Ludlow Assembly Rooms receives council grant assurance

Ludlow Assembly Rooms
Image caption Ludlow Assembly Rooms faced a £60,000 shortfall due to the withdrawal of its annual Arts Council grant

Shropshire Council has confirmed its support for a theatre in the south of the county that had been at risk of closure due to government budget cuts.

Ludlow Assembly Rooms boasts a gallery, cafe and 300-seat auditorium used for live performances and film screenings.

It was informed last spring that from April 2012 it would lose its £60,000 annual Arts Council grant.

Shropshire Council has said it will support the theatre until 2015 to give it time to replace its lost arts grant.

The theatre receives about £170,000 in annual grants and has an annual turnover of about £650,000.

'Pleased and relieved'

It receives £90,000 in grants each year from the Conservative-run council but because of the council's own budget cuts that funding will also be reduced, to about £70,000 over the next three years.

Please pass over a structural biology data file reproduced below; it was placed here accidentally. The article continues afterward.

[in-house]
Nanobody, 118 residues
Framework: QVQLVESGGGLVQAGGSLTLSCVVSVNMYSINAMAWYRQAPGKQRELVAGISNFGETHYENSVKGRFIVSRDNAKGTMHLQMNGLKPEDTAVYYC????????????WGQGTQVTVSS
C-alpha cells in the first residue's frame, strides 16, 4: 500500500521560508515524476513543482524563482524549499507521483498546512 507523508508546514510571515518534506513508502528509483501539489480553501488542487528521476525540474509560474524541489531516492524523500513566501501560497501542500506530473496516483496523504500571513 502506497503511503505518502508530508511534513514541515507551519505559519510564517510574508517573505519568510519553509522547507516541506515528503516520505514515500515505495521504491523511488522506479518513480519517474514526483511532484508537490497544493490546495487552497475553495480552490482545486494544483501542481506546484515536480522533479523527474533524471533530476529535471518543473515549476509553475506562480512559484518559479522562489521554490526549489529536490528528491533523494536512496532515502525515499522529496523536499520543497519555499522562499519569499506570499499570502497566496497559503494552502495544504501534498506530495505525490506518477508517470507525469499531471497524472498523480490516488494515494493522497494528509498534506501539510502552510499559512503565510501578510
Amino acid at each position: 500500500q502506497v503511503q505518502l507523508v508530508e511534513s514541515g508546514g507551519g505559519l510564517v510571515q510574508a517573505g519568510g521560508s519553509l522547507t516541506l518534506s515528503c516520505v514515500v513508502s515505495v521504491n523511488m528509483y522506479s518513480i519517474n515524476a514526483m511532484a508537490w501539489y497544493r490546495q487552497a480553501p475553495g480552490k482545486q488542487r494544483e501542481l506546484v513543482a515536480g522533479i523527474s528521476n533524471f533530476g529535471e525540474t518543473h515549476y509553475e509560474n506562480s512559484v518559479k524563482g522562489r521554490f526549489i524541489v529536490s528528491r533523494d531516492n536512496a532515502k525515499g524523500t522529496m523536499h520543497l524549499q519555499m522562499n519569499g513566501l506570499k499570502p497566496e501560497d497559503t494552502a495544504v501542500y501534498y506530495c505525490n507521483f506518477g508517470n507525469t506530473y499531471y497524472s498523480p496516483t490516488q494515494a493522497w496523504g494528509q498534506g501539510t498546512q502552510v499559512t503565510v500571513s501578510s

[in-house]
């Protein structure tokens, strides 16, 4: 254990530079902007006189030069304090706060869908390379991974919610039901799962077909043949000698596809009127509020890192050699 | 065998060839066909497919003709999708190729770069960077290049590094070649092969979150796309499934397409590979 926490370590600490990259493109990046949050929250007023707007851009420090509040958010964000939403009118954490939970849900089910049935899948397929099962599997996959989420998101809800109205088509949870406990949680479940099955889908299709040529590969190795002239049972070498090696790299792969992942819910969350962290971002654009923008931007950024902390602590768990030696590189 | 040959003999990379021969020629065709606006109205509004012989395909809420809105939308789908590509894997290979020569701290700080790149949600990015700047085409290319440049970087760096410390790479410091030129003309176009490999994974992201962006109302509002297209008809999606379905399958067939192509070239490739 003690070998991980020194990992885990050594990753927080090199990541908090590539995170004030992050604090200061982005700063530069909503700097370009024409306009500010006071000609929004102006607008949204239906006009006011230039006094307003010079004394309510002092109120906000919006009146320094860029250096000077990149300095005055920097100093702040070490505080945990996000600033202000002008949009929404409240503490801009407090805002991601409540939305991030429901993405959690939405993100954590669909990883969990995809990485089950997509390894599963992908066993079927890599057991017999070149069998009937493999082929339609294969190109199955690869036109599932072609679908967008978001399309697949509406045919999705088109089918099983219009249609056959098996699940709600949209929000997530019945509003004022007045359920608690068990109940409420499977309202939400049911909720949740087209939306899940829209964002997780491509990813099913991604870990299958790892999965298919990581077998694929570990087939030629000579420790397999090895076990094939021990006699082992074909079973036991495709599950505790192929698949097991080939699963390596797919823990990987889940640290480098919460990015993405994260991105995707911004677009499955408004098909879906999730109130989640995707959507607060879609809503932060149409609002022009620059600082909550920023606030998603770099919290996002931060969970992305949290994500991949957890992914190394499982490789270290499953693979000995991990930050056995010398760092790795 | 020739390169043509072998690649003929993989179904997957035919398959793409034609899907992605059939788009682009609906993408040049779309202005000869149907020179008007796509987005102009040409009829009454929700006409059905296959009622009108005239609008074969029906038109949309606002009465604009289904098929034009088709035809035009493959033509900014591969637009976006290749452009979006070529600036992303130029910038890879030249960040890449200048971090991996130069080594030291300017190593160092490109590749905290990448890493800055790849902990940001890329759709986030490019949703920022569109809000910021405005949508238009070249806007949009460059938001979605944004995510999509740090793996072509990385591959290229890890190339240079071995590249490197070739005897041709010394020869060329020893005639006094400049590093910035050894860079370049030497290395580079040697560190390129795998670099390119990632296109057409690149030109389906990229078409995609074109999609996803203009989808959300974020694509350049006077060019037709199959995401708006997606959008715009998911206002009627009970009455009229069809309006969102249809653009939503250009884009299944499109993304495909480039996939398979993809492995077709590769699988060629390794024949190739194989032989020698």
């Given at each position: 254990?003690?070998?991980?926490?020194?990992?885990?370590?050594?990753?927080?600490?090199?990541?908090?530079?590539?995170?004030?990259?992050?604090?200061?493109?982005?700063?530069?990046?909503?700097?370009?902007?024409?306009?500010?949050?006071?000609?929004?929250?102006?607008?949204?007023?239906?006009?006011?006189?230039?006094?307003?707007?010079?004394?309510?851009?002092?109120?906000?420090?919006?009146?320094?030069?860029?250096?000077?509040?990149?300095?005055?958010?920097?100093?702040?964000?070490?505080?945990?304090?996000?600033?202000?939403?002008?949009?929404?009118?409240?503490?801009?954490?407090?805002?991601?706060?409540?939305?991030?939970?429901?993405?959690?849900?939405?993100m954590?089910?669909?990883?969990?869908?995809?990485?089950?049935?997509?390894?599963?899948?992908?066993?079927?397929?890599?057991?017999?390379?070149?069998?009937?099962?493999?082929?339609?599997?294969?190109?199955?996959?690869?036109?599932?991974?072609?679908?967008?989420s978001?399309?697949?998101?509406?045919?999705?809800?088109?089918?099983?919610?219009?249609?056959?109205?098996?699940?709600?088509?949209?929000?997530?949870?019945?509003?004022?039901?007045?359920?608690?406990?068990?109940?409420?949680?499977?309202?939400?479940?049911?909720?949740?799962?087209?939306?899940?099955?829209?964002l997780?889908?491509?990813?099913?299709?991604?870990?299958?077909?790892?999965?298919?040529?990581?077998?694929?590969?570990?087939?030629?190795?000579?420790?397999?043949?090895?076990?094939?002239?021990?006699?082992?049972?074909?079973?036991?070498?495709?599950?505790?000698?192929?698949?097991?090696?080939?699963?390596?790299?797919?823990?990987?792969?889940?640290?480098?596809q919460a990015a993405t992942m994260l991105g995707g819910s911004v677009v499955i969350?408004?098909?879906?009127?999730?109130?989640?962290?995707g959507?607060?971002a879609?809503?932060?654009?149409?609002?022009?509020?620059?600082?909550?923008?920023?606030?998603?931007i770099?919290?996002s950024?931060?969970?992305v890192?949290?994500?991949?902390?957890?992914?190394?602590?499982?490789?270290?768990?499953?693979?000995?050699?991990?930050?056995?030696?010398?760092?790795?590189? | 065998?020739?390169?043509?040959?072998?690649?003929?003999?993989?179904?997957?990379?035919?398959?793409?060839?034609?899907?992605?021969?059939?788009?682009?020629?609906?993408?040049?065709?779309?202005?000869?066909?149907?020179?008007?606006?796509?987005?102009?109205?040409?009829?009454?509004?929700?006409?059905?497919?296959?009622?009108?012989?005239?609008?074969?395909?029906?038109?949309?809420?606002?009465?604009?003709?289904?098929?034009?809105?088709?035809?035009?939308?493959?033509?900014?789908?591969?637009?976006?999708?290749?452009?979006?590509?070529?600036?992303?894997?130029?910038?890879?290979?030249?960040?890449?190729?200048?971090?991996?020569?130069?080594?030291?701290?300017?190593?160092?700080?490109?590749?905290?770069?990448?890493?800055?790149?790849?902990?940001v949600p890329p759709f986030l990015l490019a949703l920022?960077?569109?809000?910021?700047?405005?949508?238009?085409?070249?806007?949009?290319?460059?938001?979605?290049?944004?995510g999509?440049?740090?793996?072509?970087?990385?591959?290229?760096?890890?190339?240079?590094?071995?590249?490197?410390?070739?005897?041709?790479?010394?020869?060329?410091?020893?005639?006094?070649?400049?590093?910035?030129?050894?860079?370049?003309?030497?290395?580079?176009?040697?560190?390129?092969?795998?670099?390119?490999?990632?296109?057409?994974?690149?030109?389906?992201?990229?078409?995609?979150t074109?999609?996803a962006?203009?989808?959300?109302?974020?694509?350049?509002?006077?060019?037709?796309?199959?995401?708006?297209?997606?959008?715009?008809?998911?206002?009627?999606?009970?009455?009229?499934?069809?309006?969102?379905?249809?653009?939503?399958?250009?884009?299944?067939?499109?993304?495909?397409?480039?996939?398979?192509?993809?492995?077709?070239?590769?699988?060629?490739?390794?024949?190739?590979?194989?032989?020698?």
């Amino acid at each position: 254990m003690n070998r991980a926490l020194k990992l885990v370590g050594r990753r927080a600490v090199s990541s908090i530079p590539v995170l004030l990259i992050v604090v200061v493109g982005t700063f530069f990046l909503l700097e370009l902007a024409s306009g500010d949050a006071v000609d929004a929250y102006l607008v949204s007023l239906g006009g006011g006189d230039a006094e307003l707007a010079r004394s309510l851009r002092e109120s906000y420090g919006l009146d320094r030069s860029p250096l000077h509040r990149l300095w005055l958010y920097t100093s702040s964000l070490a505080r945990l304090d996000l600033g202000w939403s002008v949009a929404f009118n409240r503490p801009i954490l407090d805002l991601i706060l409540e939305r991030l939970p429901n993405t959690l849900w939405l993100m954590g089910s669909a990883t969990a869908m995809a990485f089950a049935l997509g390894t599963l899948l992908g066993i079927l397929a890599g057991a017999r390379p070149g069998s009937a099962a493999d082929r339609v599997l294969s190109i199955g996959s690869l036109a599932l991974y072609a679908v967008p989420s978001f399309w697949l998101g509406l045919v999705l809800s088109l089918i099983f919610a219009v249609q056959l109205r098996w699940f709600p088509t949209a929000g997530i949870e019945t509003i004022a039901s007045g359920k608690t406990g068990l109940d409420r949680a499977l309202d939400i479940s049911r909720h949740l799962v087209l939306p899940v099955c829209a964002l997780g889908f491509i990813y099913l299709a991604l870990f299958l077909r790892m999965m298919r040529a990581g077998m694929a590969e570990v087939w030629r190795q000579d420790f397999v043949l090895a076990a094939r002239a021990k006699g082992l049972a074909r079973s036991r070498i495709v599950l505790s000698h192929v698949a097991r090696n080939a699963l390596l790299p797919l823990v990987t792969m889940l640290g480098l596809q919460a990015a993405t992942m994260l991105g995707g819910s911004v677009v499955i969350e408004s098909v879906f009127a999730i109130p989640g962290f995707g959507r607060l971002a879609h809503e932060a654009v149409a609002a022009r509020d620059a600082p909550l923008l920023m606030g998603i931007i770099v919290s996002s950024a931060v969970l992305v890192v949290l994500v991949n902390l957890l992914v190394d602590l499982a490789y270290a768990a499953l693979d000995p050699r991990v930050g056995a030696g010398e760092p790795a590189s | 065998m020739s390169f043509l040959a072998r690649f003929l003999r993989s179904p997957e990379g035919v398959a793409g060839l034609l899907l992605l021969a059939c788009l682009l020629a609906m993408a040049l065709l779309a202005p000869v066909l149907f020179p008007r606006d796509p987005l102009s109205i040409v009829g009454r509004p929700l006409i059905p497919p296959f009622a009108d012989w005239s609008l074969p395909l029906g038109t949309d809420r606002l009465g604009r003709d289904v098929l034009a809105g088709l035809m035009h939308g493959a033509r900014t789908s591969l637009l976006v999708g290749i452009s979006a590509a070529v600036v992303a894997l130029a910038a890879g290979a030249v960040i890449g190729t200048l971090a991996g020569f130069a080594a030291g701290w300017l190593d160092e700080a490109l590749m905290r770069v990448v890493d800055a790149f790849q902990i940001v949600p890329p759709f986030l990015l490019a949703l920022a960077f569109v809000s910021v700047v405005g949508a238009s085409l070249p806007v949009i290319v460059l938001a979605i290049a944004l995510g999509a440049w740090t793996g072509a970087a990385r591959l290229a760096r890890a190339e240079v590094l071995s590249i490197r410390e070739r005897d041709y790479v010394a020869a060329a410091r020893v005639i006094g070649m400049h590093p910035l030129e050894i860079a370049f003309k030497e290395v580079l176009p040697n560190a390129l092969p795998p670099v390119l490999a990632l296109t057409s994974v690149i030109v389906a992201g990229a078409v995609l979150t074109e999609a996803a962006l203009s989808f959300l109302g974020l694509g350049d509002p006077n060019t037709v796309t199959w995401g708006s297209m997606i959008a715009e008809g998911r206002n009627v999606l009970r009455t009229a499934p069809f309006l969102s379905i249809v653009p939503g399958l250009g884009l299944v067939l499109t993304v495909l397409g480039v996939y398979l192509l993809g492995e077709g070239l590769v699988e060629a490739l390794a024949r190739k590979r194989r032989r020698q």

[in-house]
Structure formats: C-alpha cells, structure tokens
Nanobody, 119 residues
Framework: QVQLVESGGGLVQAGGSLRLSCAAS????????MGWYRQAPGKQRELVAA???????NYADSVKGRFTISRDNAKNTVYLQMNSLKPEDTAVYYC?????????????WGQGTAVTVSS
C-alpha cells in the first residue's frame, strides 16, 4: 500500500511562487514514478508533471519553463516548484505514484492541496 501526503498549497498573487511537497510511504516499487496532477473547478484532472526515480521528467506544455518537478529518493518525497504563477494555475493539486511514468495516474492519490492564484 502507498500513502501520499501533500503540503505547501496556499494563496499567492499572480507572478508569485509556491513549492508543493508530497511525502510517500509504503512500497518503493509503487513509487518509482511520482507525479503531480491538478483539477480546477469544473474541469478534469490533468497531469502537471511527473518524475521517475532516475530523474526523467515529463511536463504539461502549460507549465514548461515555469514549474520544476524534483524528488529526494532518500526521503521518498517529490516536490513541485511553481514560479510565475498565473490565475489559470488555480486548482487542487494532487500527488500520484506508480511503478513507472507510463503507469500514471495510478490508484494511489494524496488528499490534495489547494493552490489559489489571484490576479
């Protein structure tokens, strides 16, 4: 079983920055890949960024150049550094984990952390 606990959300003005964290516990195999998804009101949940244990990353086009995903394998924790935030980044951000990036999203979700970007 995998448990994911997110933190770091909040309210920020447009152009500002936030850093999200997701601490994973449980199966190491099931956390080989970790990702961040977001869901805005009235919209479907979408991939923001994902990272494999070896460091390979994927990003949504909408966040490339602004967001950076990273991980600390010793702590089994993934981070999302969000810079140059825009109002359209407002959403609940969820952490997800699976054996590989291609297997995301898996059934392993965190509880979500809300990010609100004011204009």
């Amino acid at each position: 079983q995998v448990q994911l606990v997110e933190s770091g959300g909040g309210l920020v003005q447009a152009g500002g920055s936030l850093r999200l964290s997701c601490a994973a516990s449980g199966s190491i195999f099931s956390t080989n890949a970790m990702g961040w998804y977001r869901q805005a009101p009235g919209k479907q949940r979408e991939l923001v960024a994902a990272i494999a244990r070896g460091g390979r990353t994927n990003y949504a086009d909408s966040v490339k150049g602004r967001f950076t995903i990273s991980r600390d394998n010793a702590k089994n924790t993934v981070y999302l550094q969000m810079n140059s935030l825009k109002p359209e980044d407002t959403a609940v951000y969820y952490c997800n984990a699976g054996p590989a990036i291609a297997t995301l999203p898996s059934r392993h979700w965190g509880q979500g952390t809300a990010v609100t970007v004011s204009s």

A theatre spokesman said managers were working closely with the council to devise a "robust" business plan to make up the £70,000 shortfall.

At one stage they believed the theatre, which has been operating for 18 years, would lose the council grant entirely, at which point they expected the venue would have had to close.

Mike Penn, chairman of the board of the Assembly Rooms, said: "We are both pleased and relieved that Shropshire Council has confirmed its grant funding until 2015.

Live streaming

"This gives us the time we need to develop new income streams to replace the lost Arts Council funding, and to give the Assembly Rooms a viable future."

The theatre's immediate future was secured in June by two donations of £50,000 and £30,000 but at the time its director Paula Redway said she was concerned about the theatre's long-term viability.

A spokesman said the theatre planned to make savings by reducing its opening hours and box-office hours. It has also closed its canteen.

It also needs to increase revenue and part of the donation money was used to buy a digital projector so it can show a wider range of films with which it aims to attract new audiences, for example for live streamed events such as the Olympics or productions by the English National Opera, the spokesman said.

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